Gilbert: I didn’t really think there was a way to improve on Gilbert Blythe, much less a way to make me accept someone else as Gilbert. I was mistaken. Lucas Jade Zumann has become Gilbert in a way I never truly expected him to, and every single emotion is reflected on his face every time he talks to Anne – or about her. That’s not even without going into his whole storyline with Bash, his realization of what he wants to do with his life, and the way we basically see him go from boy to man, without being bashed in the head with it, pun intended.

Am I invested in this OTP, you ask? Now more than ever.

Cole: What a delightful character, and what a delightful journey – especially if the signs that they’ve given us come to fruition. Either way, Anne’s classmates were always somewhat bland, especially the boys that were not named Gilbert, so I’m glad we’re getting more depth.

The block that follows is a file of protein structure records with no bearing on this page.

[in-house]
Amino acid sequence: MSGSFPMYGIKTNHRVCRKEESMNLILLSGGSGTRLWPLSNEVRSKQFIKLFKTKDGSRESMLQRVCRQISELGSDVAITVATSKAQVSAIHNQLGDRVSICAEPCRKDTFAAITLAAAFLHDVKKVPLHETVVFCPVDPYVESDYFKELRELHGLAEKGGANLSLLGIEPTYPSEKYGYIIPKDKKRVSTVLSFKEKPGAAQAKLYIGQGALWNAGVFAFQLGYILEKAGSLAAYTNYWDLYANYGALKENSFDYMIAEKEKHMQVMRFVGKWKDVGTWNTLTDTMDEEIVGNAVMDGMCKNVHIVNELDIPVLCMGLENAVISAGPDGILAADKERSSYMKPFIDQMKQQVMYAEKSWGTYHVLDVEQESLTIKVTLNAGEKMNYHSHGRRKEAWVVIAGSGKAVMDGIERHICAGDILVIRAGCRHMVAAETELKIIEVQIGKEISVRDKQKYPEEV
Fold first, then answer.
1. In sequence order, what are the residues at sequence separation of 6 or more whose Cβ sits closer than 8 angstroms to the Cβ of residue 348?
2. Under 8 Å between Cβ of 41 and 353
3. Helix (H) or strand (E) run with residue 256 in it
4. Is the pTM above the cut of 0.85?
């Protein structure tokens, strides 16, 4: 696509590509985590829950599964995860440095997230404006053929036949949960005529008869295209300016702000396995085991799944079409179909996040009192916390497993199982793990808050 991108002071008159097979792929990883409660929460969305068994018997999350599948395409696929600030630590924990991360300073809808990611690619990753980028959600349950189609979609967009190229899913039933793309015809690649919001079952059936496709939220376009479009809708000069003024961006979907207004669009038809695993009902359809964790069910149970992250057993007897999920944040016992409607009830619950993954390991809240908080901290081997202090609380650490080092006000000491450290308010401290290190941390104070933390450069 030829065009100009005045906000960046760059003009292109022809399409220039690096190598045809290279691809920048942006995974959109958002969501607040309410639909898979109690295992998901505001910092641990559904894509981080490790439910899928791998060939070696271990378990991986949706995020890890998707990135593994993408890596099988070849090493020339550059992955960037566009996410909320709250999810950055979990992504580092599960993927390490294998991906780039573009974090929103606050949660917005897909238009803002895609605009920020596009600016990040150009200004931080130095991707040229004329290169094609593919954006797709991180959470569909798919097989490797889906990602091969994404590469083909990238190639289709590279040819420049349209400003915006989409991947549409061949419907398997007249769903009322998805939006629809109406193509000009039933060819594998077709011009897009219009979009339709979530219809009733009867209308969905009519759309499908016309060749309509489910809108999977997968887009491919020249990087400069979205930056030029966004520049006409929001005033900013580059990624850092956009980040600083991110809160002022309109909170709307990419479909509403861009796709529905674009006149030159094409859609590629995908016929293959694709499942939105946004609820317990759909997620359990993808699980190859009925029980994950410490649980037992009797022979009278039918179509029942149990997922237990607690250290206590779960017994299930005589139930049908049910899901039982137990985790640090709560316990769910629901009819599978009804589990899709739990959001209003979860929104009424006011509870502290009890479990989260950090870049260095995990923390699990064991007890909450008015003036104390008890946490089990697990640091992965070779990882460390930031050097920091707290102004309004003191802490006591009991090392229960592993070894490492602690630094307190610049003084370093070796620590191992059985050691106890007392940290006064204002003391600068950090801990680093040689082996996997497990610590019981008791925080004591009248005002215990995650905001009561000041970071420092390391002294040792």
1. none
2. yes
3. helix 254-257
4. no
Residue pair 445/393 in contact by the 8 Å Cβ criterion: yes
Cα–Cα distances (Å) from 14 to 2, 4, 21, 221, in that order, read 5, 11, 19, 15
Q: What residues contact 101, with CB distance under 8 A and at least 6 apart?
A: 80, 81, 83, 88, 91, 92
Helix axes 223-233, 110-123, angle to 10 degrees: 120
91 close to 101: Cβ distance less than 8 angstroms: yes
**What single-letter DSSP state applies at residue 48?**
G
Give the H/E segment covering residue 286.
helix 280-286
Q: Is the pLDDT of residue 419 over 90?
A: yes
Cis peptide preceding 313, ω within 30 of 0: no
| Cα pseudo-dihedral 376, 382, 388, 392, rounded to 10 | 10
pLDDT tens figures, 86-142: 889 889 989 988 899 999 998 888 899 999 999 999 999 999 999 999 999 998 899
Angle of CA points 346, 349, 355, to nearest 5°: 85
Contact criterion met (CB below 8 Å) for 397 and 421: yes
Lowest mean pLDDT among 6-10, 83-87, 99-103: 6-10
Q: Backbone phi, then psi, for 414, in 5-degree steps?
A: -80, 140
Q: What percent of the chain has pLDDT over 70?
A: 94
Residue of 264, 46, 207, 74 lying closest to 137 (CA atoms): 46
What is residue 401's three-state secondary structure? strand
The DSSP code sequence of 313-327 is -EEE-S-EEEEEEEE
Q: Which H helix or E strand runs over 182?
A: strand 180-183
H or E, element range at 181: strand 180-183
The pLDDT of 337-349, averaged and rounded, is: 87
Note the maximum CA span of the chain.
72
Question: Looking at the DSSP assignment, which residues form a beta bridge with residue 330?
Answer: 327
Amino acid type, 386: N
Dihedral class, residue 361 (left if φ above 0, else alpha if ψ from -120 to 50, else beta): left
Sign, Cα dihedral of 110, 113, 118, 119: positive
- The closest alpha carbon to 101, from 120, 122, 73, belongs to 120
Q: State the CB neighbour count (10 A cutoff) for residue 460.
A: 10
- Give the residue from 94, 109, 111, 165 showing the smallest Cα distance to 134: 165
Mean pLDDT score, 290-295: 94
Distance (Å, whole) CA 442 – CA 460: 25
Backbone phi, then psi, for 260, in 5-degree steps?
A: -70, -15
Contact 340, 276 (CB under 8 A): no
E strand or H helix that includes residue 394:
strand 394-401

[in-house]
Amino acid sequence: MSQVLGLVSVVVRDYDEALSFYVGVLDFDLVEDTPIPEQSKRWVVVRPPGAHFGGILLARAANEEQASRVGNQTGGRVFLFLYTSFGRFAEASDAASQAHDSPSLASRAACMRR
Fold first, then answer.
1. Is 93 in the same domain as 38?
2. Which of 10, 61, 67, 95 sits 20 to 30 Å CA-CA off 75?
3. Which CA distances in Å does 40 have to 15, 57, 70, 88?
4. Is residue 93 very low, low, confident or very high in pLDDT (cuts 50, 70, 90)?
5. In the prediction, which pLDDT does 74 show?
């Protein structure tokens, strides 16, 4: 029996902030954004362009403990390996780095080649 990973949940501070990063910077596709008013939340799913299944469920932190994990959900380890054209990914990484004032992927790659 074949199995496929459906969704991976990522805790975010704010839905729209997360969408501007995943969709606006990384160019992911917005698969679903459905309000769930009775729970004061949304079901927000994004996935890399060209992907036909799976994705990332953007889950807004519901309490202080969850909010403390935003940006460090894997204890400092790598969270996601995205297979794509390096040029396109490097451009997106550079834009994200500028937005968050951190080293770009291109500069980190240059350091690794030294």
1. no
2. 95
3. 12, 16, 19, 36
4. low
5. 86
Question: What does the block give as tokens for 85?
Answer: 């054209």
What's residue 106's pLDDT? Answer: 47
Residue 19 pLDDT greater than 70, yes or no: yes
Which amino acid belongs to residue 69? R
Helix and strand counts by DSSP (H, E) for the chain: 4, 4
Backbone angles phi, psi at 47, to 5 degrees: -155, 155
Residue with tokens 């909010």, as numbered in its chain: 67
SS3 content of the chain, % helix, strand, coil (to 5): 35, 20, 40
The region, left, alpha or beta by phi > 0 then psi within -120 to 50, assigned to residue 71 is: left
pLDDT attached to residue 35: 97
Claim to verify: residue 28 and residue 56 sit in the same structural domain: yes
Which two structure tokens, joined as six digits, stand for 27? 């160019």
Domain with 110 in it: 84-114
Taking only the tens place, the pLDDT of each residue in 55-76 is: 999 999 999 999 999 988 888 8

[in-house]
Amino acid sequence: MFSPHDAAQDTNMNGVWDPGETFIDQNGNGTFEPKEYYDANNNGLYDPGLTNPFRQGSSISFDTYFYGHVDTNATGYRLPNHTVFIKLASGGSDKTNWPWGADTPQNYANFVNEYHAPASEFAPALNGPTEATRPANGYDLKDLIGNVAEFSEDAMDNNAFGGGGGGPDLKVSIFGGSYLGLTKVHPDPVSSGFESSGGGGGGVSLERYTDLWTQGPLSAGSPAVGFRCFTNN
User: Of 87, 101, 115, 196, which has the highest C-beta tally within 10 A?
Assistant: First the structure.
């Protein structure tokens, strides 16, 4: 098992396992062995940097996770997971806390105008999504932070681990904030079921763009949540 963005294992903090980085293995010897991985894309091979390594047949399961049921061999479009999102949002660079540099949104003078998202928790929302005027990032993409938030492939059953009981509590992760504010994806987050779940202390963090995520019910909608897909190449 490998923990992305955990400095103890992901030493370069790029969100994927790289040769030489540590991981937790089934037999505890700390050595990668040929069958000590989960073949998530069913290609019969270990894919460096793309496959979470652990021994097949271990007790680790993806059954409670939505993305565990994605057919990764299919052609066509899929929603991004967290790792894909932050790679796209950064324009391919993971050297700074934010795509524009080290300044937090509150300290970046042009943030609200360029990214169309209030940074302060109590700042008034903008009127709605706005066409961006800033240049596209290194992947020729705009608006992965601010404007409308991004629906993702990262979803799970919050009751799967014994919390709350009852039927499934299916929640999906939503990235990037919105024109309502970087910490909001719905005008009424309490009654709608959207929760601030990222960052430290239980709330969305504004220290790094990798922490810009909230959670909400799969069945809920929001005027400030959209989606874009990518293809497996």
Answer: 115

The boarders: The whole storyline was just added drama that never quite clicked, and in the end, had consequences mostly for the Barry’s, which, I admit, gave us a little more depth and allowed them to become more than caricatures, but there were surely easier ways to do this? Anne didn’t really get any growth from this, other than learning to trust her instincts, which, again, there were easier ways, Matthew and Jerry were nonexistent for this storyline, and Marilla …well, as much as I appreciated seeing that Marilla could still appreciate a good looking younger man, unless that’s going somewhere …I still didn’t really need them for it.


Anne/Gilbert: I haven’t seen past episode 5, so I’ve seen ABSOLUTELY NO actual interactions between my OTP and I’m desperate for something, anything. I know they can’t get to the end the same way they did in the books, but I’m still invested in their happy ending, even if the road they take there is different. Because, even in this new adaptation, one thing remains clear: Anne and Gilbert make each other better, they push each other, they complete each other. They are, without a doubt, what an OTP is meant to be. And that’s one of the reasons why we’re here …to see this journey to its end.